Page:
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Lactic dehydrogenase isoenzymes in cerebrospinal fluid of children with Guillain–Barré syndrome
  1. M Nussinovitch1,
  2. D Prais1,
  3. Y Finkelstein1,
  4. D Harel2,
  5. J Amir1,
  6. B Volovitz1
  1. 1Department of Pediatrics “C”, Schneider Children’s Medical Center of Israel, Sackler School of Medicine, Tel Aviv University, Petach Tikvah, Israel
  2. 2Laboratory of Clinical Chemistry, Rabin Medical Center, Beilnson Campus, Sackler School of Medicine, Tel Aviv University
  1. Correspondence to:
    Dr M Nussinovitch, Department of Pediatrics “C”, Schneider Children’s Medical Center of Israel, Petach Tikvah, Israel;


Background: Increased levels of lactic dehydrogenase (LDH) in the cerebrospinal fluid (CSF) have been reported in association with several intracranial pathologies. No studies have been performed on patients with Guillain–Barré syndrome (GBS).

Aims: To study LDH isoenzymes in CSF of children with GBS.

Methods: CSF samples collected from nine patients with GBS were analysed for total LDH isoenzymes activity, and compared to samples from 15 patients with normal results.

Results: Mean total LDH activity was 33.33 (6.63) U/l. All patients had significantly increased LDH-3 isoenzyme compared to controls. LDH-3 was the predominant fraction, accounting for more than 50% of total LDH activity and present in more than twice the percentage of LDH-1 or LDH-2. By contrast, in the control group, there were high percentages of mainly LDH-1 and LDH-2.

Conclusions: GBS is apparently associated with a distinct LDH isoenzyme pattern in the CSF. More studies are needed to confirm the rise in LDH-3, as serial CSF analyses are unavailable, and to determine the optimum time of analysis when this finding first becomes detectable.

  • lactic dehydrogenase isoenzyme
  • Guillain-Barre syndrome
  • cerebrospinal fluid
  • CSF
  • CSF, cerebrospinal fluid
  • GBS, Guillain-Barré syndrome
  • LDH, lactic dehydrogenase

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Lactic dehydrogenase (LDH) is present in most tissues and body fluids examined, including cerebrospinal fluid (CSF). Studies have shown that patients with an intracranial pathology such as malignancy or bacterial infection have increased CSF LDH activity compared to healthy subjects (normal 40 U/ml).1–3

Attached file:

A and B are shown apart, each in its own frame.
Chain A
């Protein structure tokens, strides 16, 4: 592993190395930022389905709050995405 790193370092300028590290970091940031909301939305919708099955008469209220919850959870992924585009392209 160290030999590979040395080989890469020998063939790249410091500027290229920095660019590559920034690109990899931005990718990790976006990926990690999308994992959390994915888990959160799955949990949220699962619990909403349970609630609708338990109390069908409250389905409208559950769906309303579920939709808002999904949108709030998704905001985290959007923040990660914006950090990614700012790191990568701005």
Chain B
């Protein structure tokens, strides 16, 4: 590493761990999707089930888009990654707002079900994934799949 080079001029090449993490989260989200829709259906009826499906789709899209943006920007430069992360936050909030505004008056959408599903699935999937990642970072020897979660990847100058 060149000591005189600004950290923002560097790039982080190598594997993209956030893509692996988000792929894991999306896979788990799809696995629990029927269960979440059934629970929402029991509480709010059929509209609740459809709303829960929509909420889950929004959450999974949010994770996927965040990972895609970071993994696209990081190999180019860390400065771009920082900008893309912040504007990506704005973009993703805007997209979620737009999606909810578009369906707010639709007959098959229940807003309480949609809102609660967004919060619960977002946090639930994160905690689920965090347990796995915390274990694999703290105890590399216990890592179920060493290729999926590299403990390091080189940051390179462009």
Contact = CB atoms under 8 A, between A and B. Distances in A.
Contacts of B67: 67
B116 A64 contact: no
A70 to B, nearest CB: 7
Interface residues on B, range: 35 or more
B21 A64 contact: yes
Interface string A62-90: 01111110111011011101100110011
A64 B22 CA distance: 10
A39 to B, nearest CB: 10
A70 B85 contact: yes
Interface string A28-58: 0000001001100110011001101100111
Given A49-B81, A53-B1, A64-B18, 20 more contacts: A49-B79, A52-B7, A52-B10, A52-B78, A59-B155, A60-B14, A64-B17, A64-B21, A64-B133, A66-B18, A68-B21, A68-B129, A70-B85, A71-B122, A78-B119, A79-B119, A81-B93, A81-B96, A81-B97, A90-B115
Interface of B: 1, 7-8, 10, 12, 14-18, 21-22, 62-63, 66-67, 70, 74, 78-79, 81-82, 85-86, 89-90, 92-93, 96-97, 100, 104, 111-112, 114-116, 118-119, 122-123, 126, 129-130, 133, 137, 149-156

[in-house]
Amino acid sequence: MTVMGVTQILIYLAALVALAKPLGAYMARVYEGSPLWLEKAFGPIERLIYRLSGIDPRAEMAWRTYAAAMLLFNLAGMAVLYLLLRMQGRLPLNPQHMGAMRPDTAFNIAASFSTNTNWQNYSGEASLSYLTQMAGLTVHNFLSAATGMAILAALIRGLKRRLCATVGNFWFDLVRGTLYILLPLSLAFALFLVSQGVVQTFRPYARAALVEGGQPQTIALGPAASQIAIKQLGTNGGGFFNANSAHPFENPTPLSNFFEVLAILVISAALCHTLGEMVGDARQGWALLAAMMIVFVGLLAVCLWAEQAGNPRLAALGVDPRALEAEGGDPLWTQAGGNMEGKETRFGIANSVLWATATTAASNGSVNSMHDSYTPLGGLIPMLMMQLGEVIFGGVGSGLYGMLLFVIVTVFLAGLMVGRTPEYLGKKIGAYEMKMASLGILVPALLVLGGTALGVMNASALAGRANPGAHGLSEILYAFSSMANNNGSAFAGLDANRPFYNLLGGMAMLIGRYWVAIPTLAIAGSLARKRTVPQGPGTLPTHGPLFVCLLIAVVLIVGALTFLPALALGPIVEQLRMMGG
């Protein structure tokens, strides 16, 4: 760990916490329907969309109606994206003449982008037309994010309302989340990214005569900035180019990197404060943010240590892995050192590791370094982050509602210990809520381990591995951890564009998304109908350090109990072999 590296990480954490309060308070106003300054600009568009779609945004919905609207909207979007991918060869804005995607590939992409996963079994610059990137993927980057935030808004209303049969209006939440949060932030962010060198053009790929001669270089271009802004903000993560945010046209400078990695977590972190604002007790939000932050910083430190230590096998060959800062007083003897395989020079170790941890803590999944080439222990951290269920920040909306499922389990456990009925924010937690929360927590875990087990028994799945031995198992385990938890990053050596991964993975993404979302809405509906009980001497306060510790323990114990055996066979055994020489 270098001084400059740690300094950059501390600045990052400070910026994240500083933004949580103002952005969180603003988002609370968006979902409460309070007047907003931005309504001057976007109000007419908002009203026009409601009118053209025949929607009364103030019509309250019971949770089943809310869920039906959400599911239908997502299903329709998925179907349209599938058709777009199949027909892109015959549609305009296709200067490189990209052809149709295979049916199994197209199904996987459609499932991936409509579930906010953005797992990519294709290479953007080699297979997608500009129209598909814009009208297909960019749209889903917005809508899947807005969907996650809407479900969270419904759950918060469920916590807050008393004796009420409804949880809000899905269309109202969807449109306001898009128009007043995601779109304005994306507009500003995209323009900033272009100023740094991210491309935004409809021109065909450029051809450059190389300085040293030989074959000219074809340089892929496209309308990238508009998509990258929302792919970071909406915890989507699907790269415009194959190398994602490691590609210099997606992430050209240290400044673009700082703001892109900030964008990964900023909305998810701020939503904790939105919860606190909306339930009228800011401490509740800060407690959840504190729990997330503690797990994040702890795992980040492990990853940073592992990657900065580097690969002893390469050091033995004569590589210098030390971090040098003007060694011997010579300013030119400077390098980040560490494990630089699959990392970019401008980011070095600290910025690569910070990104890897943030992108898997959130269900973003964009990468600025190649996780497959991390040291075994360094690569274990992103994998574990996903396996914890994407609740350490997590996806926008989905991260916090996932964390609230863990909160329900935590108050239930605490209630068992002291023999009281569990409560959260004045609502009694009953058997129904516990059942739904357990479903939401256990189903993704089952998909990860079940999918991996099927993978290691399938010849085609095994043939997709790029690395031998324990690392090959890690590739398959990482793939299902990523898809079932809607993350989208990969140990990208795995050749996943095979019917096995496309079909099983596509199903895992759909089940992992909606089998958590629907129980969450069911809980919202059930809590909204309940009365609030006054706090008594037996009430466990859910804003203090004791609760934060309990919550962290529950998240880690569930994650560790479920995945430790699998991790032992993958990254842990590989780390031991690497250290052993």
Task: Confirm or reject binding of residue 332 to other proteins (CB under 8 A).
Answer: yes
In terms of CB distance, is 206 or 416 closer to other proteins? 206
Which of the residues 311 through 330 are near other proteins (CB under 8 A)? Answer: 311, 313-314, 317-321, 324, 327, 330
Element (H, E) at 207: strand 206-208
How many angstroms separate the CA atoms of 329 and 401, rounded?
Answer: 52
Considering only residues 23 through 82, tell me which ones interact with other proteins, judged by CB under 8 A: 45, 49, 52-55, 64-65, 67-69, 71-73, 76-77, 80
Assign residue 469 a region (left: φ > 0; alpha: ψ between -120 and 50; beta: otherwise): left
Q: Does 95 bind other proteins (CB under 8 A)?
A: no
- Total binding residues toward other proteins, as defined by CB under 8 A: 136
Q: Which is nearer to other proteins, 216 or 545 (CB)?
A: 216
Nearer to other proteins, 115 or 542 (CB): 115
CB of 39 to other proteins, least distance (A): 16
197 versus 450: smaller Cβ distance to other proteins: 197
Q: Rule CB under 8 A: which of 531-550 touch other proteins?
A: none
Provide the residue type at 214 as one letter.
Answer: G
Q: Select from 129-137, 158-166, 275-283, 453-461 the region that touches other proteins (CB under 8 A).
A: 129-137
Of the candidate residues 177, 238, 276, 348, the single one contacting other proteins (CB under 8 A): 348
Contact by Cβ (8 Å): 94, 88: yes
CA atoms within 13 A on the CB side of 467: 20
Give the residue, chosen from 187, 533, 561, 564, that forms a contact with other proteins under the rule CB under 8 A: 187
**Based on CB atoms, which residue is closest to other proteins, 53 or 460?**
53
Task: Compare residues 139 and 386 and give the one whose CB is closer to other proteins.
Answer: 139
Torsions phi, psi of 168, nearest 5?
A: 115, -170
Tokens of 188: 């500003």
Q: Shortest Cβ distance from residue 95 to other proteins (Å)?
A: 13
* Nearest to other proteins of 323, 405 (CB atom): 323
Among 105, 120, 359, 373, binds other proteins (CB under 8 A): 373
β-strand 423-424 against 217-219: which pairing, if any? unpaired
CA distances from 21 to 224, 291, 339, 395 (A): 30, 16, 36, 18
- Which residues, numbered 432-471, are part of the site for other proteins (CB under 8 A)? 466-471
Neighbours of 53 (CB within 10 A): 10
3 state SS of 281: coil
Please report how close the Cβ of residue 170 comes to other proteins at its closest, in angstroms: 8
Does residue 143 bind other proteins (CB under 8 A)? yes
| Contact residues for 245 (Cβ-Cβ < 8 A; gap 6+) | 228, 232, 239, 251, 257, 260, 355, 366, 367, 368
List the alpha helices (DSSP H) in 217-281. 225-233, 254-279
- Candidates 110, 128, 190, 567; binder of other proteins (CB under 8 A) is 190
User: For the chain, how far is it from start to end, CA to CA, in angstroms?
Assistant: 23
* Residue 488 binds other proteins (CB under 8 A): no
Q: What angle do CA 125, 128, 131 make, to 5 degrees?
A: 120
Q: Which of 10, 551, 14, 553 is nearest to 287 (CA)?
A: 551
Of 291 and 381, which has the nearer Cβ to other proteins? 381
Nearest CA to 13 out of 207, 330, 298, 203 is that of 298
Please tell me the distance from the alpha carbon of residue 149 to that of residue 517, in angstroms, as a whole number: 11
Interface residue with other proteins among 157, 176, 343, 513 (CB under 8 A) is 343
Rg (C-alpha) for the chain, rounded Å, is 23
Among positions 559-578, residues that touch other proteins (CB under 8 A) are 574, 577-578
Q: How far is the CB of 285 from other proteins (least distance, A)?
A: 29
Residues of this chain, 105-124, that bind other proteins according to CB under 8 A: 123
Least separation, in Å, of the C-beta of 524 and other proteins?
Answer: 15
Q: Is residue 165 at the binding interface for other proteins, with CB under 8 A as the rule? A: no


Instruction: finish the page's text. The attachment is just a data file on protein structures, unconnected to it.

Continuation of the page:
To the best of our knowledge, no reports have been published regarding CSF LDH activity in Guillain–Barré syndrome. In the present study we present nine children with a diagnosis of Guillain–Barré syndrome in whom the CSF showed a distinctive LDH isoenzyme pattern.


The study sample consisted of nine patients, aged 15 months to 9 years, with suspected Guillain–Barré syndrome, who underwent routine lumbar puncture at an inpatient department of our tertiary paediatric centre. The authors of this study did not participate in the clinical management of these patients. CSF analyses included total and differential cell counts, glucose and protein concentration, and cultures. None of the samples was bloody. One ml of CSF was stored at −20°C for later analysis of total LDH activity and LDH isoenzymes.

All patients fulfilled the clinical and laboratory diagnostic criteria for Guillain–Barré syndrome according to Asbury.4 Therefore, an increased protein concentration was required for diagnosis. The CSF LDH findings in the study patients were compared with those in 15 patients of mean age 10 (6.4) months who had undergone lumbar puncture during the same period because of suspected intracranial pathology with normal CSF findings. No relation between serum and spinal fluid activity has been noted; each varies independently of the other, presumably because of the blood–brain barrier.

Total LDH activity in the CSF samples was measured on a Hitachi-747 analyser (Boehringer-Mannheim) with an LDH kit (Boehringer-Mannheim) using the optimised standard methods. The LDH activity of spinal fluid appears to bear no direct relation to initial pressure, erythyrocyte count, protein, and sugar.1